Home carers advice

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williamalex1

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My 79 year old sister has recently left hospital, she's a widow stays alone and suffers from type 1 diabetes, arthritis and a mild form of osteoporosis .
She's in extreme pain trying to walk even when using a zimmer or crutches. She can't put any weight on her right leg without being in agony.
The family are waiting on the social works dept organising carers.

Anyone know the ins and outs, costs of private home care. Or can the family pick and pay a carer they know and claim some money back.

The social works dept are taking forever to even make an assessment visit.
 

jim8flog

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Where I live you used to be able to just have allowance from social services based upon their assessment of how many hours are needed and use that to fund your own care team.

It is an awful lot cheaper to have carers than go in to a nursing home but finding carers or a care company can be very difficult.

Going in to a nursing home is subject to a financial assessment and all assets (eg an owned house) are taken in to consideration. Finding a nursing home in the first place can be a bit of a nightmare and if it is funded by the council it may not necessarily be close to where she currently lives.
 
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williamalex1

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Where I live you used to be able to just have allowance from social services based upon their assessment of how many hours are needed and use that to fund your own care team.

It is an awful lot cheaper to have carers than go in to a nursing home but finding carers or a care company can be very difficult.

Going in to a nursing home is subject to a financial assessment and all assets (eg an owned house) are taken in to consideration. Finding a nursing home in the first place can be a bit of a nightmare and if it is funded by the council it may not necessarily be close to where she currently lives.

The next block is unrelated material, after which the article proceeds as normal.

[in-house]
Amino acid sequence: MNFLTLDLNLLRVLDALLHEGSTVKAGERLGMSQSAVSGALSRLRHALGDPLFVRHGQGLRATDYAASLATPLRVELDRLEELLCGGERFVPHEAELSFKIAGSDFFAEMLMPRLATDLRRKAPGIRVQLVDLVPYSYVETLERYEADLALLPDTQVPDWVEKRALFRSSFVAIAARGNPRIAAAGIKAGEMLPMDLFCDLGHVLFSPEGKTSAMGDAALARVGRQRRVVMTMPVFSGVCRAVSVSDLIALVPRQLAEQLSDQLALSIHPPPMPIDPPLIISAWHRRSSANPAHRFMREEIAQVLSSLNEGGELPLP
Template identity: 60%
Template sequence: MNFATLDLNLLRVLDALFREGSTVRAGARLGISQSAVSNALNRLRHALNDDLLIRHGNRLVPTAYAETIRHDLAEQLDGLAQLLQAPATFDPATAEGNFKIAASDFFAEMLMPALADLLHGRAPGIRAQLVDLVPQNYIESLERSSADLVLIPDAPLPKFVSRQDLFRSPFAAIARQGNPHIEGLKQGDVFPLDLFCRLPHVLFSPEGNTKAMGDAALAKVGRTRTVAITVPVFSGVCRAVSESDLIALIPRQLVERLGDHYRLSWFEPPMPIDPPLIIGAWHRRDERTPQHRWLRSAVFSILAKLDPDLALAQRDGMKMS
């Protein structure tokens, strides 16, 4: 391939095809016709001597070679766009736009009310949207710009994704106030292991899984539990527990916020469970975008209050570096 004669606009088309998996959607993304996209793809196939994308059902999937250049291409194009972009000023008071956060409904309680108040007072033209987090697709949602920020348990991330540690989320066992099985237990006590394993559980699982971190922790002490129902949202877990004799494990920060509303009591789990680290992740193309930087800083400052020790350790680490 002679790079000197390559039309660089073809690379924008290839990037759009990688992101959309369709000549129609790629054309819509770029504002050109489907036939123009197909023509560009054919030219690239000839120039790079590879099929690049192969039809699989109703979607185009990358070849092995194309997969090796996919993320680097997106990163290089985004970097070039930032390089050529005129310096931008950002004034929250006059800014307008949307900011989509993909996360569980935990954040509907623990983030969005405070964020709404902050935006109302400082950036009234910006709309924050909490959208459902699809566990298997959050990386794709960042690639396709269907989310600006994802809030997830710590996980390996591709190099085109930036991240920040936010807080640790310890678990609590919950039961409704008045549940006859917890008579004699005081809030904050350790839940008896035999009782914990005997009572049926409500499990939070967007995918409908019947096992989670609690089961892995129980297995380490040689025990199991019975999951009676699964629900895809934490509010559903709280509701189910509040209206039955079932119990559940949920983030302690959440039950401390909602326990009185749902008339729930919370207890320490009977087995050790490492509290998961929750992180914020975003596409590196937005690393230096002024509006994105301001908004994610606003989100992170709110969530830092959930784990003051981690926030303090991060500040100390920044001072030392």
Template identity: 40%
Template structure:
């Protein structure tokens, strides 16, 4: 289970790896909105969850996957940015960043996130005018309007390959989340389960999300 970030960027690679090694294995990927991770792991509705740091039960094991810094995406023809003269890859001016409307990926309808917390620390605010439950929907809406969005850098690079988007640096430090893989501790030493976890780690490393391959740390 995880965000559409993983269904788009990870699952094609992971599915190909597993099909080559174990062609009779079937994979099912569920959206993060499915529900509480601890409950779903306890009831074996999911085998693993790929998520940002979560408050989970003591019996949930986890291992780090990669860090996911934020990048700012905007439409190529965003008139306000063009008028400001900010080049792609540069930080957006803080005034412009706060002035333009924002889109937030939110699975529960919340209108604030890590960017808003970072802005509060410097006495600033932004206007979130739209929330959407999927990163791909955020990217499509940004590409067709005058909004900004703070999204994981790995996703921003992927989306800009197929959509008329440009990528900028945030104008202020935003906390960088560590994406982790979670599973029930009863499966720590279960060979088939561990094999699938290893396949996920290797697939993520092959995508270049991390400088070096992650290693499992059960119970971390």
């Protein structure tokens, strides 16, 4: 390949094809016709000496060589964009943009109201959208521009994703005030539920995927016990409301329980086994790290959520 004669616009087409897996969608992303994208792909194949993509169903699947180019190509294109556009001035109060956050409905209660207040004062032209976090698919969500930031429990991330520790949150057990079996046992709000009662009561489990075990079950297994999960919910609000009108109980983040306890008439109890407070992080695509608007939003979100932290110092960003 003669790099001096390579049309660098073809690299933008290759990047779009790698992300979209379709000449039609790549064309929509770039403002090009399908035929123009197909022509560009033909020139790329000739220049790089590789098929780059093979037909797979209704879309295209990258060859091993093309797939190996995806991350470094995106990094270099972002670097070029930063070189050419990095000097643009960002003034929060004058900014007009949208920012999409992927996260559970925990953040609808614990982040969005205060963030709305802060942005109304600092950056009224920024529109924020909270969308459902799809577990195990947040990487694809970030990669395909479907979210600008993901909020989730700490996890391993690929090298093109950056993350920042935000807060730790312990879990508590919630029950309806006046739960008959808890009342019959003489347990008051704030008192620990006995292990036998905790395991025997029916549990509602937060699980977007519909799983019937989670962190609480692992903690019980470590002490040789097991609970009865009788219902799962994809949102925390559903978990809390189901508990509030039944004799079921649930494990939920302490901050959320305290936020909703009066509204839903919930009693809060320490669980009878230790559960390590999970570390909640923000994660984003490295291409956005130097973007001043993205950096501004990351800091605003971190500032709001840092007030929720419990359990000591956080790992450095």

She owns the house no mortgage and already converted for her deceased disabled husband, she's very independent and won't even consider a care home ATM.
The family do know a few local carers/neighbours they could possibly employ, not sure of the going rate though.
But they're not sure if they could do that, then possibly reclaim some of it back.
Might be a different setup here in Scotland
 

Blue in Munich

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My 79 year old sister has recently left hospital, she's a widow stays alone and suffers from type 1 diabetes, arthritis and a mild form of osteoporosis .
She's in extreme pain trying to walk even when using a zimmer or crutches. She can't put any weight on her right leg without being in agony.
The family are waiting on the social works dept organising carers.

Anyone know the ins and outs, costs of private home care. Or can the family pick and pay a carer they know and claim some money back.

The social works dept are taking forever to even make an assessment visit.
Don't know about up your way, but in leafy Surrey it was minimum £575 per week in the MiL's home which was residential care, not nursing care which is more expensive.
 

Bunkermagnet

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My mum was means tested for her carers when she was still at home, and when she had to go into a care home she had to self fund (after selling her house). The benefits she got did offset some of the cost, which when she died had just risen to £2.4k a month.